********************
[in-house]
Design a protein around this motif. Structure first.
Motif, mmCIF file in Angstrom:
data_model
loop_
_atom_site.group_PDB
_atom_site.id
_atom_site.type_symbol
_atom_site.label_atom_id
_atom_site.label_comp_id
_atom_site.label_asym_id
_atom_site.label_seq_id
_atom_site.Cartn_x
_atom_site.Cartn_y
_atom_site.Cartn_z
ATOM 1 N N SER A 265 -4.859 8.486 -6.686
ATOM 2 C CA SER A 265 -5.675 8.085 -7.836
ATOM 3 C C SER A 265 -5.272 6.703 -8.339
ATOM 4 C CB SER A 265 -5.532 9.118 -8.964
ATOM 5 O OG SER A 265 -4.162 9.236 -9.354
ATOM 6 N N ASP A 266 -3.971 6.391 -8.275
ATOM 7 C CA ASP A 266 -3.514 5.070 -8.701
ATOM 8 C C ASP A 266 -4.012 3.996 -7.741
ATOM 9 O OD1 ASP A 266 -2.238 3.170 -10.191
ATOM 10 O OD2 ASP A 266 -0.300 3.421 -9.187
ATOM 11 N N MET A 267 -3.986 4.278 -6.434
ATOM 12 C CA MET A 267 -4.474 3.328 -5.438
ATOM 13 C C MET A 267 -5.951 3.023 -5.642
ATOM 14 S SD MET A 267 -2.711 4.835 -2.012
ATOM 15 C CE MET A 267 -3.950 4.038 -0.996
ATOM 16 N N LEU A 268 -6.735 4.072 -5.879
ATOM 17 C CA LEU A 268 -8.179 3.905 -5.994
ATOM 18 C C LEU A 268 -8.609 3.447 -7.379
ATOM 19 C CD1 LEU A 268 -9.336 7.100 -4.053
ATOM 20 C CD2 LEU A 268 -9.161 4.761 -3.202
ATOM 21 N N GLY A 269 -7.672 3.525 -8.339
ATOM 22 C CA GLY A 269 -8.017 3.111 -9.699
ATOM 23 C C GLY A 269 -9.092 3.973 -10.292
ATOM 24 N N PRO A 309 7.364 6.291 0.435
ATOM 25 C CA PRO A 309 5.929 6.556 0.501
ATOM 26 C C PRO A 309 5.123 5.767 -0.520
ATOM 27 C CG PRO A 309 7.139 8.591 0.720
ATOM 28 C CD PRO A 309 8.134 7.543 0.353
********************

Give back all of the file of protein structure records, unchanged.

[in-house]
Design a protein around this motif. Structure first.
Motif, mmCIF file in Angstrom:
data_model
loop_
_atom_site.group_PDB
_atom_site.id
_atom_site.type_symbol
_atom_site.label_atom_id
_atom_site.label_comp_id
_atom_site.label_asym_id
_atom_site.label_seq_id
_atom_site.Cartn_x
_atom_site.Cartn_y
_atom_site.Cartn_z
ATOM 1 N N SER A 265 -4.859 8.486 -6.686
ATOM 2 C CA SER A 265 -5.675 8.085 -7.836
ATOM 3 C C SER A 265 -5.272 6.703 -8.339
ATOM 4 C CB SER A 265 -5.532 9.118 -8.964
ATOM 5 O OG SER A 265 -4.162 9.236 -9.354
ATOM 6 N N ASP A 266 -3.971 6.391 -8.275
ATOM 7 C CA ASP A 266 -3.514 5.070 -8.701
ATOM 8 C C ASP A 266 -4.012 3.996 -7.741
ATOM 9 O OD1 ASP A 266 -2.238 3.170 -10.191
ATOM 10 O OD2 ASP A 266 -0.300 3.421 -9.187
ATOM 11 N N MET A 267 -3.986 4.278 -6.434
ATOM 12 C CA MET A 267 -4.474 3.328 -5.438
ATOM 13 C C MET A 267 -5.951 3.023 -5.642
ATOM 14 S SD MET A 267 -2.711 4.835 -2.012
ATOM 15 C CE MET A 267 -3.950 4.038 -0.996
ATOM 16 N N LEU A 268 -6.735 4.072 -5.879
ATOM 17 C CA LEU A 268 -8.179 3.905 -5.994
ATOM 18 C C LEU A 268 -8.609 3.447 -7.379
ATOM 19 C CD1 LEU A 268 -9.336 7.100 -4.053
ATOM 20 C CD2 LEU A 268 -9.161 4.761 -3.202
ATOM 21 N N GLY A 269 -7.672 3.525 -8.339
ATOM 22 C CA GLY A 269 -8.017 3.111 -9.699
ATOM 23 C C GLY A 269 -9.092 3.973 -10.292
ATOM 24 N N PRO A 309 7.364 6.291 0.435
ATOM 25 C CA PRO A 309 5.929 6.556 0.501
ATOM 26 C C PRO A 309 5.123 5.767 -0.520
ATOM 27 C CG PRO A 309 7.139 8.591 0.720
ATOM 28 C CD PRO A 309 8.134 7.543 0.353